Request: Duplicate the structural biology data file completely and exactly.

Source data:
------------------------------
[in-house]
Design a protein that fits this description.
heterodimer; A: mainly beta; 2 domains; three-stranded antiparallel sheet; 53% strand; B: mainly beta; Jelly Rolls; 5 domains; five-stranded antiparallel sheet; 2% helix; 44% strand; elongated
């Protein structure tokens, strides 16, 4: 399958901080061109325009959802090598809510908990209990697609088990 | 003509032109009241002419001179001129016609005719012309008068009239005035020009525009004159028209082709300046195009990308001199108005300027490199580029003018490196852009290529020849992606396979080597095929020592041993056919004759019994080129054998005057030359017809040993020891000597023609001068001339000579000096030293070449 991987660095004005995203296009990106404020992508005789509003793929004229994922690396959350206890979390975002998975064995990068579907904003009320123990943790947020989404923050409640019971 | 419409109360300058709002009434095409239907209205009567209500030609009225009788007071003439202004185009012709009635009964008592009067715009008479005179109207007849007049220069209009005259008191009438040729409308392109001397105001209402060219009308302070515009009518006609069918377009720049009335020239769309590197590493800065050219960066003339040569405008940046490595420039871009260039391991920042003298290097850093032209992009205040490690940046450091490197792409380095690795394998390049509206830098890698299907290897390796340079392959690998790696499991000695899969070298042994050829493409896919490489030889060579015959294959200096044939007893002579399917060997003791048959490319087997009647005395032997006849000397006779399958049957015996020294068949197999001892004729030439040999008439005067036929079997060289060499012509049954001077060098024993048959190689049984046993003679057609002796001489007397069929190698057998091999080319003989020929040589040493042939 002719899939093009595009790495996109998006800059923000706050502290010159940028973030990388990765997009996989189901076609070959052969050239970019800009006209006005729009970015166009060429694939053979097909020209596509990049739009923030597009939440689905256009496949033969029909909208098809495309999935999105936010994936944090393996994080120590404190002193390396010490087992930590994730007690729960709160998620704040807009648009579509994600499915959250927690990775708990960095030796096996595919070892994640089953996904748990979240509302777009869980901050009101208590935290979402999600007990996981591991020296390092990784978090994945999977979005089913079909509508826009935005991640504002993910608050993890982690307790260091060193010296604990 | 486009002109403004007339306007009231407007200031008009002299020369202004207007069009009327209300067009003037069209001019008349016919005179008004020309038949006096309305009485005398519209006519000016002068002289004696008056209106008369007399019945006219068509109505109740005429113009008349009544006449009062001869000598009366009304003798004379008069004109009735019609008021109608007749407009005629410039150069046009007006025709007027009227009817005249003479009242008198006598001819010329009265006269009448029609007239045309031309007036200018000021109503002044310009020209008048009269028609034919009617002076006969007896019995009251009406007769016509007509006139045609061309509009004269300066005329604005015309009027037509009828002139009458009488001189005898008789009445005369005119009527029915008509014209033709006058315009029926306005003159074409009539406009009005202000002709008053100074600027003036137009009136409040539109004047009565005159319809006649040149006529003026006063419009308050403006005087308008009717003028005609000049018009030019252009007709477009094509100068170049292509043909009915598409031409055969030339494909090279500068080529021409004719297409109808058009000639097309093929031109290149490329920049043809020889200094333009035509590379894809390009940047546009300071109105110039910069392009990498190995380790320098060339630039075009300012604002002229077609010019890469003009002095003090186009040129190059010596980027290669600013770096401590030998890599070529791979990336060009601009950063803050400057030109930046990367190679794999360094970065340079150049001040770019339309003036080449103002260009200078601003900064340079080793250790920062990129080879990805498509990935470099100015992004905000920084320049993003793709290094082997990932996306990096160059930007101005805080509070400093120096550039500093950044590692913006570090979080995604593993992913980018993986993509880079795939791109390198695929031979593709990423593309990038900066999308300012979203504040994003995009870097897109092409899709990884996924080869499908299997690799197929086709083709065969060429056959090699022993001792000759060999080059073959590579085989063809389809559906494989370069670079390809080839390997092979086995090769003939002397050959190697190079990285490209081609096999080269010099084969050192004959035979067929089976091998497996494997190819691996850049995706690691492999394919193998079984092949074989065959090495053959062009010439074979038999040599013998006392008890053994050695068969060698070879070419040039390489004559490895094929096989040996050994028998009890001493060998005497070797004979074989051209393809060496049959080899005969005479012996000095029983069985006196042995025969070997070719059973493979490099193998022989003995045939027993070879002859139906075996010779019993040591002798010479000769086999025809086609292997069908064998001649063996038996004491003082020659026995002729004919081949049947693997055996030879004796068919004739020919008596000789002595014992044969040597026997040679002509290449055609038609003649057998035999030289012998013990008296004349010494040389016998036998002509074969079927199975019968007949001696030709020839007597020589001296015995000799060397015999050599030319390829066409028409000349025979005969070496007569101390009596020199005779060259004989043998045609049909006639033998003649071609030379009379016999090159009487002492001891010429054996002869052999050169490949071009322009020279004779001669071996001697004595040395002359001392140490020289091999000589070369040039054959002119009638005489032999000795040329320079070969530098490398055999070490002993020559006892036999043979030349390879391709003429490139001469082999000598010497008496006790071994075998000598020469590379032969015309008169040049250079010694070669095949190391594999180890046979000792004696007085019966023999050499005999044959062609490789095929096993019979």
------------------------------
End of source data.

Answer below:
[in-house]
Design a protein that fits this description.
heterodimer; A: mainly beta; 2 domains; three-stranded antiparallel sheet; 53% strand; B: mainly beta; Jelly Rolls; 5 domains; five-stranded antiparallel sheet; 2% helix; 44% strand; elongated
């Protein structure tokens, strides 16, 4: 399958901080061109325009959802090598809510908990209990697609088990 | 003509032109009241002419001179001129016609005719012309008068009239005035020009525009004159028209082709300046195009990308001199108005300027490199580029003018490196852009290529020849992606396979080597095929020592041993056919004759019994080129054998005057030359017809040993020891000597023609001068001339000579000096030293070449 991987660095004005995203296009990106404020992508005789509003793929004229994922690396959350206890979390975002998975064995990068579907904003009320123990943790947020989404923050409640019971 | 419409109360300058709002009434095409239907209205009567209500030609009225009788007071003439202004185009012709009635009964008592009067715009008479005179109207007849007049220069209009005259008191009438040729409308392109001397105001209402060219009308302070515009009518006609069918377009720049009335020239769309590197590493800065050219960066003339040569405008940046490595420039871009260039391991920042003298290097850093032209992009205040490690940046450091490197792409380095690795394998390049509206830098890698299907290897390796340079392959690998790696499991000695899969070298042994050829493409896919490489030889060579015959294959200096044939007893002579399917060997003791048959490319087997009647005395032997006849000397006779399958049957015996020294068949197999001892004729030439040999008439005067036929079997060289060499012509049954001077060098024993048959190689049984046993003679057609002796001489007397069929190698057998091999080319003989020929040589040493042939 002719899939093009595009790495996109998006800059923000706050502290010159940028973030990388990765997009996989189901076609070959052969050239970019800009006209006005729009970015166009060429694939053979097909020209596509990049739009923030597009939440689905256009496949033969029909909208098809495309999935999105936010994936944090393996994080120590404190002193390396010490087992930590994730007690729960709160998620704040807009648009579509994600499915959250927690990775708990960095030796096996595919070892994640089953996904748990979240509302777009869980901050009101208590935290979402999600007990996981591991020296390092990784978090994945999977979005089913079909509508826009935005991640504002993910608050993890982690307790260091060193010296604990 | 486009002109403004007339306007009231407007200031008009002299020369202004207007069009009327209300067009003037069209001019008349016919005179008004020309038949006096309305009485005398519209006519000016002068002289004696008056209106008369007399019945006219068509109505109740005429113009008349009544006449009062001869000598009366009304003798004379008069004109009735019609008021109608007749407009005629410039150069046009007006025709007027009227009817005249003479009242008198006598001819010329009265006269009448029609007239045309031309007036200018000021109503002044310009020209008048009269028609034919009617002076006969007896019995009251009406007769016509007509006139045609061309509009004269300066005329604005015309009027037509009828002139009458009488001189005898008789009445005369005119009527029915008509014209033709006058315009029926306005003159074409009539406009009005202000002709008053100074600027003036137009009136409040539109004047009565005159319809006649040149006529003026006063419009308050403006005087308008009717003028005609000049018009030019252009007709477009094509100068170049292509043909009915598409031409055969030339494909090279500068080529021409004719297409109808058009000639097309093929031109290149490329920049043809020889200094333009035509590379894809390009940047546009300071109105110039910069392009990498190995380790320098060339630039075009300012604002002229077609010019890469003009002095003090186009040129190059010596980027290669600013770096401590030998890599070529791979990336060009601009950063803050400057030109930046990367190679794999360094970065340079150049001040770019339309003036080449103002260009200078601003900064340079080793250790920062990129080879990805498509990935470099100015992004905000920084320049993003793709290094082997990932996306990096160059930007101005805080509070400093120096550039500093950044590692913006570090979080995604593993992913980018993986993509880079795939791109390198695929031979593709990423593309990038900066999308300012979203504040994003995009870097897109092409899709990884996924080869499908299997690799197929086709083709065969060429056959090699022993001792000759060999080059073959590579085989063809389809559906494989370069670079390809080839390997092979086995090769003939002397050959190697190079990285490209081609096999080269010099084969050192004959035979067929089976091998497996494997190819691996850049995706690691492999394919193998079984092949074989065959090495053959062009010439074979038999040599013998006392008890053994050695068969060698070879070419040039390489004559490895094929096989040996050994028998009890001493060998005497070797004979074989051209393809060496049959080899005969005479012996000095029983069985006196042995025969070997070719059973493979490099193998022989003995045939027993070879002859139906075996010779019993040591002798010479000769086999025809086609292997069908064998001649063996038996004491003082020659026995002729004919081949049947693997055996030879004796068919004739020919008596000789002595014992044969040597026997040679002509290449055609038609003649057998035999030289012998013990008296004349010494040389016998036998002509074969079927199975019968007949001696030709020839007597020589001296015995000799060397015999050599030319390829066409028409000349025979005969070496007569101390009596020199005779060259004989043998045609049909006639033998003649071609030379009379016999090159009487002492001891010429054996002869052999050169490949071009322009020279004779001669071996001697004595040395002359001392140490020289091999000589070369040039054959002119009638005489032999000795040329320079070969530098490398055999070490002993020559006892036999043979030349390879391709003429490139001469082999000598010497008496006790071994075998000598020469590379032969015309008169040049250079010694070669095949190391594999180890046979000792004696007085019966023999050499005999044959062609490789095929096993019979």